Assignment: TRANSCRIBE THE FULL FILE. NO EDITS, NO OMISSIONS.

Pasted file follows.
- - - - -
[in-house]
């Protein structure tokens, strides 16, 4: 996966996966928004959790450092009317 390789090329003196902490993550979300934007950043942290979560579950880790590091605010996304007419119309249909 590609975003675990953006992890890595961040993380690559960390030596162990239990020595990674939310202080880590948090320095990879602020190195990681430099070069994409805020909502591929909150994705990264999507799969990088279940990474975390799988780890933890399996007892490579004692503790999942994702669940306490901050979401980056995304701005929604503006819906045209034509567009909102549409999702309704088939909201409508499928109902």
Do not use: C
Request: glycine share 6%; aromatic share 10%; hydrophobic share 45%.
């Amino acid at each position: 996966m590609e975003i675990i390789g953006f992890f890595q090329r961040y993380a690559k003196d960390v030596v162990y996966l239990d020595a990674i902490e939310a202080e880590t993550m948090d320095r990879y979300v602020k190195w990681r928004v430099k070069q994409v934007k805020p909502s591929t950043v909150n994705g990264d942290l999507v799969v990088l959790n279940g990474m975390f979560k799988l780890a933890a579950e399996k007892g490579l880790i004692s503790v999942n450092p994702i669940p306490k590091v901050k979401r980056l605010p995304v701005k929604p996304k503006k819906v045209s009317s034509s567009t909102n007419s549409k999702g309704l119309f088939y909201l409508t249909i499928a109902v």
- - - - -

[in-house]
């Protein structure tokens, strides 16, 4: 996966996966928004959790450092009317 390789090329003196902490993550979300934007950043942290979560579950880790590091605010996304007419119309249909 590609975003675990953006992890890595961040993380690559960390030596162990239990020595990674939310202080880590948090320095990879602020190195990681430099070069994409805020909502591929909150994705990264999507799969990088279940990474975390799988780890933890399996007892490579004692503790999942994702669940306490901050979401980056995304701005929604503006819906045209034509567009909102549409999702309704088939909201409508499928109902």
Do not use: C
Request: glycine share 6%; aromatic share 10%; hydrophobic share 45%.
């Amino acid at each position: 996966m590609e975003i675990i390789g953006f992890f890595q090329r961040y993380a690559k003196d960390v030596v162990y996966l239990d020595a990674i902490e939310a202080e880590t993550m948090d320095r990879y979300v602020k190195w990681r928004v430099k070069q994409v934007k805020p909502s591929t950043v909150n994705g990264d942290l999507v799969v990088l959790n279940g990474m975390f979560k799988l780890a933890a579950e399996k007892g490579l880790i004692s503790v999942n450092p994702i669940p306490k590091v901050k979401r980056l605010p995304v701005k929604p996304k503006k819906v045209s009317s034509s567009t909102n007419s549409k999702g309704l119309f088939y909201l409508t249909i499928a109902v």